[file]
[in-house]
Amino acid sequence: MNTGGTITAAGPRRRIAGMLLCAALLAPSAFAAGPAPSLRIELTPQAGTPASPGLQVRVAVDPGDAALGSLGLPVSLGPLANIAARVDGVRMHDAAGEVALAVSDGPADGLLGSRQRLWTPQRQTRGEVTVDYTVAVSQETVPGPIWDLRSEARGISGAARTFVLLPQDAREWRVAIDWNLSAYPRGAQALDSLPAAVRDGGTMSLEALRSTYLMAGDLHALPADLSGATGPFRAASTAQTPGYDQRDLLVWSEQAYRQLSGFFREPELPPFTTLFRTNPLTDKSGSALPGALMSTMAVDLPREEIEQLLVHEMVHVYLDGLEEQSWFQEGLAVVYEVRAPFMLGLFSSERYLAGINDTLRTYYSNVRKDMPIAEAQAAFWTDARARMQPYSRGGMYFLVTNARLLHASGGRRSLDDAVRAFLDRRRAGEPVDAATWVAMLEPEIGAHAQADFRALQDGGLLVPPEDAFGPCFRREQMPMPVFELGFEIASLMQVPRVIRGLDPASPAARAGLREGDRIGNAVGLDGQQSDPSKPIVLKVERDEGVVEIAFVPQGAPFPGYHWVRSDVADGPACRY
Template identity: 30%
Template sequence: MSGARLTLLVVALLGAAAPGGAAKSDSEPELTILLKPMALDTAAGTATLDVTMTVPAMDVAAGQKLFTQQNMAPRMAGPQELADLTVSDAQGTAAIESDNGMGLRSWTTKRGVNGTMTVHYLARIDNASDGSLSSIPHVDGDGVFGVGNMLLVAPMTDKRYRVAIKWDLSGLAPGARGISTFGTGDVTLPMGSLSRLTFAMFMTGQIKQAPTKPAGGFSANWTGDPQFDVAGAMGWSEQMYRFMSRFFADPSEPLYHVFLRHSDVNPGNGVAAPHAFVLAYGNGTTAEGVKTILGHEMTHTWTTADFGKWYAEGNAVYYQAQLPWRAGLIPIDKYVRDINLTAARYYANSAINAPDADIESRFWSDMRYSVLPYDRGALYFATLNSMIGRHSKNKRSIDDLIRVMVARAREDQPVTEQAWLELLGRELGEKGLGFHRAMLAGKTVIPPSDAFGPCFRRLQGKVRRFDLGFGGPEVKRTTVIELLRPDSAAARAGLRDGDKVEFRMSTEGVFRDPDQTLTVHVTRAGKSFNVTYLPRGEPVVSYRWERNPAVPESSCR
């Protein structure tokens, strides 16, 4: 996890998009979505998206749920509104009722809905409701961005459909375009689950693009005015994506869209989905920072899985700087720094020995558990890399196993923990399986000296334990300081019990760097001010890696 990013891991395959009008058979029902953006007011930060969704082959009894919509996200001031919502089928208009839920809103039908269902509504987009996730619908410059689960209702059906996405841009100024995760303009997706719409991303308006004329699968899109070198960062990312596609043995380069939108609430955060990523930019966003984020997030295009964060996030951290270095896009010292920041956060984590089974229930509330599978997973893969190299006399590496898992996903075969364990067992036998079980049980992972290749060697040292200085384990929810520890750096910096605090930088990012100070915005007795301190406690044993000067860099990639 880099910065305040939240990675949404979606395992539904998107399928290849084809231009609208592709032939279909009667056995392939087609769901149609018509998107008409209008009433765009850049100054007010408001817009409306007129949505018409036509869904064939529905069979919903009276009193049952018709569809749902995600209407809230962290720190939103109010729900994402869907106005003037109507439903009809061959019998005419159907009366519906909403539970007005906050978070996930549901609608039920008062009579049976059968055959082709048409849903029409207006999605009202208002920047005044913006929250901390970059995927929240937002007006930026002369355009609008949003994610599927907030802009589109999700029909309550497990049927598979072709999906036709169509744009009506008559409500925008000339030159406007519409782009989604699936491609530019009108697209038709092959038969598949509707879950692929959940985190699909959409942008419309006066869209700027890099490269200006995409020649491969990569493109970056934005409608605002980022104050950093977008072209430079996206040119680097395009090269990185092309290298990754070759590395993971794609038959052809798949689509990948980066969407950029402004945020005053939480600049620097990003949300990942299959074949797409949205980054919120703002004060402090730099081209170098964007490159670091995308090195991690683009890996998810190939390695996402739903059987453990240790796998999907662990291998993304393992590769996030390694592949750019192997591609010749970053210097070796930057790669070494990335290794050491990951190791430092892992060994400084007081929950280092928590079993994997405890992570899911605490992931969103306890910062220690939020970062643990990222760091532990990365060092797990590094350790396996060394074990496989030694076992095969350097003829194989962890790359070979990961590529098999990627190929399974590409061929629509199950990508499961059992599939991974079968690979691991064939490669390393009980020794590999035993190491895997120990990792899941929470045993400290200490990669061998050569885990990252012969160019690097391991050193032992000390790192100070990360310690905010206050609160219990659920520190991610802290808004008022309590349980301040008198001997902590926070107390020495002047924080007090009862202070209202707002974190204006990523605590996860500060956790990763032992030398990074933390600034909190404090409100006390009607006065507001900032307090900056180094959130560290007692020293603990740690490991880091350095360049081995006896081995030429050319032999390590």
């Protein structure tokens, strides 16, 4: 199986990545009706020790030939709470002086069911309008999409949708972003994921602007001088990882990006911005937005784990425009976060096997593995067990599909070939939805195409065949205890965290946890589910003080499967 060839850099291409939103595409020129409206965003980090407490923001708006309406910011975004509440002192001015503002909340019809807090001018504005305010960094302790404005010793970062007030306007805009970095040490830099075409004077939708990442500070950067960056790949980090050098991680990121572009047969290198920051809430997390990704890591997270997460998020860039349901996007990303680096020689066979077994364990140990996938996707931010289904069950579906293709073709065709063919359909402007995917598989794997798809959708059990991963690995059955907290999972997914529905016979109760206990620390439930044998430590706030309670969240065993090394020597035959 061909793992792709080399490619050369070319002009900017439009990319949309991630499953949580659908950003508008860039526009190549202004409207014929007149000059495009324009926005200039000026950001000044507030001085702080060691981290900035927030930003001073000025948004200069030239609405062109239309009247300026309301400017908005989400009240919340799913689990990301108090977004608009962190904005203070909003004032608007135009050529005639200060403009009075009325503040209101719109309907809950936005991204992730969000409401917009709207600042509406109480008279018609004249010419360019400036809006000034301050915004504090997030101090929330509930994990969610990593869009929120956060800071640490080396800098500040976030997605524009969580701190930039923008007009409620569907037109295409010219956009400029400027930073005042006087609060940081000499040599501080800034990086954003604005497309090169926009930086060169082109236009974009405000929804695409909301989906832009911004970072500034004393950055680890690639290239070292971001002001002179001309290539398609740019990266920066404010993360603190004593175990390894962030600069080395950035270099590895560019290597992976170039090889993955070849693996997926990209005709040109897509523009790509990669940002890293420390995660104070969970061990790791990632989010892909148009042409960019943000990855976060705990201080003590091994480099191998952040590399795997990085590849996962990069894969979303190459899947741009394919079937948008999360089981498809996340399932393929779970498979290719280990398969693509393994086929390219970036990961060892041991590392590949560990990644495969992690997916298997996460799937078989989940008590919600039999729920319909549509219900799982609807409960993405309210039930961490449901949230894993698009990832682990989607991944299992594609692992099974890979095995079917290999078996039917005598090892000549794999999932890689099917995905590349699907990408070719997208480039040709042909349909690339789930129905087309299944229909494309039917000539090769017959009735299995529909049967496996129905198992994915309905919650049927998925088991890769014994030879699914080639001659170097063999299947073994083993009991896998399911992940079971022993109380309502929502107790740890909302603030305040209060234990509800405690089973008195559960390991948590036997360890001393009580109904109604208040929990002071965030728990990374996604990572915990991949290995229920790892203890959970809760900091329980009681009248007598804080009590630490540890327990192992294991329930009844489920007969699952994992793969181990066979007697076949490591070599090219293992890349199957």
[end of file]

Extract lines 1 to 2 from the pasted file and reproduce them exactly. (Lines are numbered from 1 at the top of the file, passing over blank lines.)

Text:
[in-house]
Amino acid sequence: MNTGGTITAAGPRRRIAGMLLCAALLAPSAFAAGPAPSLRIELTPQAGTPASPGLQVRVAVDPGDAALGSLGLPVSLGPLANIAARVDGVRMHDAAGEVALAVSDGPADGLLGSRQRLWTPQRQTRGEVTVDYTVAVSQETVPGPIWDLRSEARGISGAARTFVLLPQDAREWRVAIDWNLSAYPRGAQALDSLPAAVRDGGTMSLEALRSTYLMAGDLHALPADLSGATGPFRAASTAQTPGYDQRDLLVWSEQAYRQLSGFFREPELPPFTTLFRTNPLTDKSGSALPGALMSTMAVDLPREEIEQLLVHEMVHVYLDGLEEQSWFQEGLAVVYEVRAPFMLGLFSSERYLAGINDTLRTYYSNVRKDMPIAEAQAAFWTDARARMQPYSRGGMYFLVTNARLLHASGGRRSLDDAVRAFLDRRRAGEPVDAATWVAMLEPEIGAHAQADFRALQDGGLLVPPEDAFGPCFRREQMPMPVFELGFEIASLMQVPRVIRGLDPASPAARAGLREGDRIGNAVGLDGQQSDPSKPIVLKVERDEGVVEIAFVPQGAPFPGYHWVRSDVADGPACRY